Atlanta Radio
Theatre Company

Bumpers Crossroads Writer’s Guide

created, researched and composed
by Daniel Taylor
from a title by Thomas E Fuller
Correct as of 04/12/94
Subject to change
Authors should feel free to modify or contradict anything herein defined for the sake of a good story.

“BUMPERS CROSSROADS: two old fart vaudevillians sitting around telling jokes that Grover Cleveland used to laugh at, as a child.”
–Thomas E Fuller’s original concept, in its entirety

ORIGIN OF THE CONCEPT

BUMPERS CROSSROADS was conceived for the fictional Wolf radio network, as presented in the proposed daily radio serial DON’T TOUCH THAT DIAL, created by Thomas E Fuller. It would be referred to, but probably never heard.

Wolf’s BUMPERS CROSSROADS was the show where talent went to die — the place from which no one, performer, writer, or producer, EVER made a comeback. You knew your show business career was over when they sent you to work on BUMPERS CROSSROADS.
I didn’t want to write that show, but I saw some Lake Wobegonian potential in the premise. As I write it, it is about equal parts Garrison Keillor and “Lum & Abner”, with a dash of “Northern Exposure” for flavor.

It is NOT about country bumpkins or “hicks”, and it does not make fun of rural life. It is about simpler life, and simpler times. It’s a community of good-hearted people, a community where everybody who lives there likes it the way it is. (If they didn’t, it would probably be a shopping mall by now.)

THE SHOW

Every episode begins with the crow of our familiar rooster, the opening strains of theme music and the following introduction:

“It’s time once again to take a little trip just a ways down the road, to America’s favorite little town, BUMPERS CROSSROADS, brought to you as always by Collins’ Best Coffee. When you need a pick-me-up, you need Collins’ Best. We’ll join our friends at BUMPERS CROSSROADS in just a moment.”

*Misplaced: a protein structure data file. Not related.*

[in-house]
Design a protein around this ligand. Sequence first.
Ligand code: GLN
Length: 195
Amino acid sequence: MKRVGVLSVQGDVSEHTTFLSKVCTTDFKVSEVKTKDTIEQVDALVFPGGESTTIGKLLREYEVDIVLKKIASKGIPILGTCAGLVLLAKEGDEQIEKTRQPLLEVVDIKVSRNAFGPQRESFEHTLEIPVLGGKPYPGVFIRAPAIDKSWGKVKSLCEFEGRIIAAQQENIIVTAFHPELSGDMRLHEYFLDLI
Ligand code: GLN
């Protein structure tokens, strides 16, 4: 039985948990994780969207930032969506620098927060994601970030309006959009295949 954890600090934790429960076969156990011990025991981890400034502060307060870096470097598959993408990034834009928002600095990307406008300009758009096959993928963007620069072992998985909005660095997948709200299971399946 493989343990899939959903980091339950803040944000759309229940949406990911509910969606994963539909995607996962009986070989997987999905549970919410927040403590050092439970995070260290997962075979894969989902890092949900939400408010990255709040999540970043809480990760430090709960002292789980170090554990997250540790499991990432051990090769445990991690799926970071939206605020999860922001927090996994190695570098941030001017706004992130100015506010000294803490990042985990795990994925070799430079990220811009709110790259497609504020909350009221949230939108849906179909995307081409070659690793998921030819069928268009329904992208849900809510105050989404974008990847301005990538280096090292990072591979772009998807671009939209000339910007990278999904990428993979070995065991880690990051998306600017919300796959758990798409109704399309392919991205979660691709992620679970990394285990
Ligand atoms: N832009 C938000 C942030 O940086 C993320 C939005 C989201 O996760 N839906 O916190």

In a real sense, BUMPERS CROSSROADS retains the original concept of a “show within a show”. That is, the characters often step out of continuity to appear in the sponsor’s commercial messages, and in general seem to know that they are characters in a radio play. Some of the jokes they’re called upon to tell are SO bad that the only way to pull it off is with self-awareness. In fact, in one episode, one of the characters decides the jokes are TOO stupid and excuses himself from the exchange.
BUMPERS CROSSROADS is an easygoing little community where Nothing Much Ever Happens. (No, Jerry Seinfeld did not invent the concept of a Show About Nothing.) They don’t have big-city-1993-type problems there. They have the kind of problems that can be realistically wrapped up in a five-to-seven minute script.

Okay, that’s not quite true, that bit about Nothing Ever Happens. But it is the kind of show that lends itself to episodes in which Nothing Much Happens. It is very much character-driven. The question to ask when plotting an episode is not “what can happen to these guys?”, but “how would they react to…?” The characters have distinct personalities, and the best stories are those in which it’s not possible to swap anybody’s lines for anybody else’s.

OFF-STAGE “REALITY”

BUMPERS CROSSROADS started circa 1965 as a traditional family-based situation comedy, feauring Fred and Sharon Bumper, their children, and storekeeper “Woody” Woodrow as one of several supporting characters.[1] At the time, “Bumper’s” still had the apostrophe it should correctly have, and “Crossroads” wasn’t meant literally, but as a synonym for “turning point” (or, occasionally, “crisis”).[2] It was a not-so-subtle knock-off of “Fibber McGee and Molly”, all the way down to the overcrowded hall closet. Sharon’s diary was a recurring storytelling device from the beginning. (Although the Bumpers’ street address has never been used, it might be nice if it were 72 Wistful Vista, the McGees’ old address.) (That is, 72 Wistful Vista, Autumn Falls.)

Woody essentially stole the show over the course of the first few years. Woody and Helen were married on-stage in the second season. As Sharon Bumper grew older and weaker, the other characters — and especially Woody — were given more to do. The show came to be less “Fibber McGee” and more “Lum & Abner”. By the time Sharon died in 1987, Woody had become the second lead. As Grandpa has gotten older and less active, Woody has assumed a central role in the show. (Sort of like a show called “Amos and Andy” came to be ABOUT a character named “Kingfish”.) But the show has such a following that nobody wants to bother renaming it. Today, the action (if that’s the right word) rarely wanders far from the front porch of the local general store.